Comet C/2021 A1 LEONARD brightens…

Although I still think it’s far, far too early to start making any serious predictions about what Comet C/2021 A1 LEONARD will do when it comes closer to us in December, it’s encouraging to see it is following a brightness curve which would see it becoming visible to the naked eye in early December, and possibly even achieving magnitude 2 or greater around the time of its closest approach on December 12th.

Comet LEONARD (for short) is already being hailed on social media as “the Great Christmas Comet of 2021” which is ridiculous because a) we have no idea how bright it will get, never mind if it will become a “great” comet, and b) it won’t actually be visible at Christmas – at least from the northern hemisphere – because it will have moved onto the southern sky.

It is encouraging tho that the comet is so far behaving itself – not dimming or brightening suddenly, just continuing to brighten as predicted, and it is now actually bright enough to be photographed with just a tripos-mounted DSLR camera and a “zoom lens”, tracking the stars. The image at the top of this post as taken by myself at around 4am on the morning of November 14th from Kendal, Cumbria, with a Canon 700D DSLR on a tripod, tracking the stars using an iOptron tracker. It’s a crop from a processed stack of 30 x 30 second exposures. The image below is the same.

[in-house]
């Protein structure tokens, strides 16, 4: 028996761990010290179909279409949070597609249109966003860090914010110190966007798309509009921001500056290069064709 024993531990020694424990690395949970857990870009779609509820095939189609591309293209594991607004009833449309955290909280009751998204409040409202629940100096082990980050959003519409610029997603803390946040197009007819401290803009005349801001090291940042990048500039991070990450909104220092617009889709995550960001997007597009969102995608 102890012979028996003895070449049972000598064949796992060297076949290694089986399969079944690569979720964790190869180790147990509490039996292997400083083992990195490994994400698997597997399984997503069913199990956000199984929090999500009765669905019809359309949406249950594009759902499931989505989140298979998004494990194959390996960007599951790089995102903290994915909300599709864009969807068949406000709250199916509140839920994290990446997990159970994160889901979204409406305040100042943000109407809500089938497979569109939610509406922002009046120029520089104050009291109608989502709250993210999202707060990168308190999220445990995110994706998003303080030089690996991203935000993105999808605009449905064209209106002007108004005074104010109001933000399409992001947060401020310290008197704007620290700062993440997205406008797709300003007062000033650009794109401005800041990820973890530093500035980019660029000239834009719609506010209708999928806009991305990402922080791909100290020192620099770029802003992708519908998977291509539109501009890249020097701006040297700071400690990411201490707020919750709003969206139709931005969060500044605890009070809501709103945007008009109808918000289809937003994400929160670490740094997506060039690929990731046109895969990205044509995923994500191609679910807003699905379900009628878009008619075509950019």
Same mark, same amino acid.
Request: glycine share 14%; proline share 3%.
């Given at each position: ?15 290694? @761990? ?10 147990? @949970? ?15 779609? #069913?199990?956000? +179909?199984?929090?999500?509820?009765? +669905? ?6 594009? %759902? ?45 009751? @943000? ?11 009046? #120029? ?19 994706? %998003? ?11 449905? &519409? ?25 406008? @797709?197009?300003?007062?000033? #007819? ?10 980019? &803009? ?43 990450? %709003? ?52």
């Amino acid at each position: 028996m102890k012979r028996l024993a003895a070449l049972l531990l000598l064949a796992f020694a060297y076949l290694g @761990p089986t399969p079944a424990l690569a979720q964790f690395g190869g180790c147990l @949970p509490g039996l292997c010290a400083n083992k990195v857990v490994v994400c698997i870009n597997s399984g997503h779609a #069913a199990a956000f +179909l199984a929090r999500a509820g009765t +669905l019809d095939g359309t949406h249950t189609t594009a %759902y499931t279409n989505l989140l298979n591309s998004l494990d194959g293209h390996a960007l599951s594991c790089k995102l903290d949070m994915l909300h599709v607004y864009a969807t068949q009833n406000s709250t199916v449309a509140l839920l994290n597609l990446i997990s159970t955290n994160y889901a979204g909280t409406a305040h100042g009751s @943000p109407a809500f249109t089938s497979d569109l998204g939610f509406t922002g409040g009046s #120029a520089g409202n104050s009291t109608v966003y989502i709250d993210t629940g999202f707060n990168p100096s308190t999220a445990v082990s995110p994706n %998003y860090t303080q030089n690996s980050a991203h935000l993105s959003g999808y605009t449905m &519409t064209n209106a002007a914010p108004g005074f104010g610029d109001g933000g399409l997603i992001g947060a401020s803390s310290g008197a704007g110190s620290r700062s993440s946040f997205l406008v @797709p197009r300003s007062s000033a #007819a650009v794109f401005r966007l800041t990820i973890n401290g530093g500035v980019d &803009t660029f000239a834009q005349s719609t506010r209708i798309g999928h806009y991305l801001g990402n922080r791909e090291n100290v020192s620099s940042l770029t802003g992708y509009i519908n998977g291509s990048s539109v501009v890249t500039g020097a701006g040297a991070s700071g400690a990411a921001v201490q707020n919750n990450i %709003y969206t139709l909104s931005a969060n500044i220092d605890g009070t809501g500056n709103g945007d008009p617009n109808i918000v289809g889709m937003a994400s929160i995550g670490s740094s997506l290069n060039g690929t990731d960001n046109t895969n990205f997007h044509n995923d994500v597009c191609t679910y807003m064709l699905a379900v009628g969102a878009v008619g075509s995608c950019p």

How bright is it? I’ve seen magnitude estimates of around 9.5 which means it should be visible in small telescopes and maybe even powerful pairs of binoculars, if you are observing from a dark sky location.

So, Comet C/2021 A1 LEONARD is on track to become visible to the naked eye in just a couple of weeks – fingers crossed! If you want to know where it is, here is a finder chart for you. It is drawn for mid-UK latitudes for 03:00 BST.

2 thoughts on “Comet C/2021 A1 LEONARD brightens…

  • 23rd November 2021 at 9:54 am

    The text does not actually say but the full name of the comet is ‘C/2021 A1 Leonard’ . You will need this to find it in programmes such as Cartes du Ciel. Don’t forget to update the Comet elements first in your planetarium programme, they change with time and new comets are added.

  • 23rd November 2021 at 11:04 am

    VERY good point, thanks for taking the time to point that out. I’ll amend it right now. 🙂 – Stuart Atkinson


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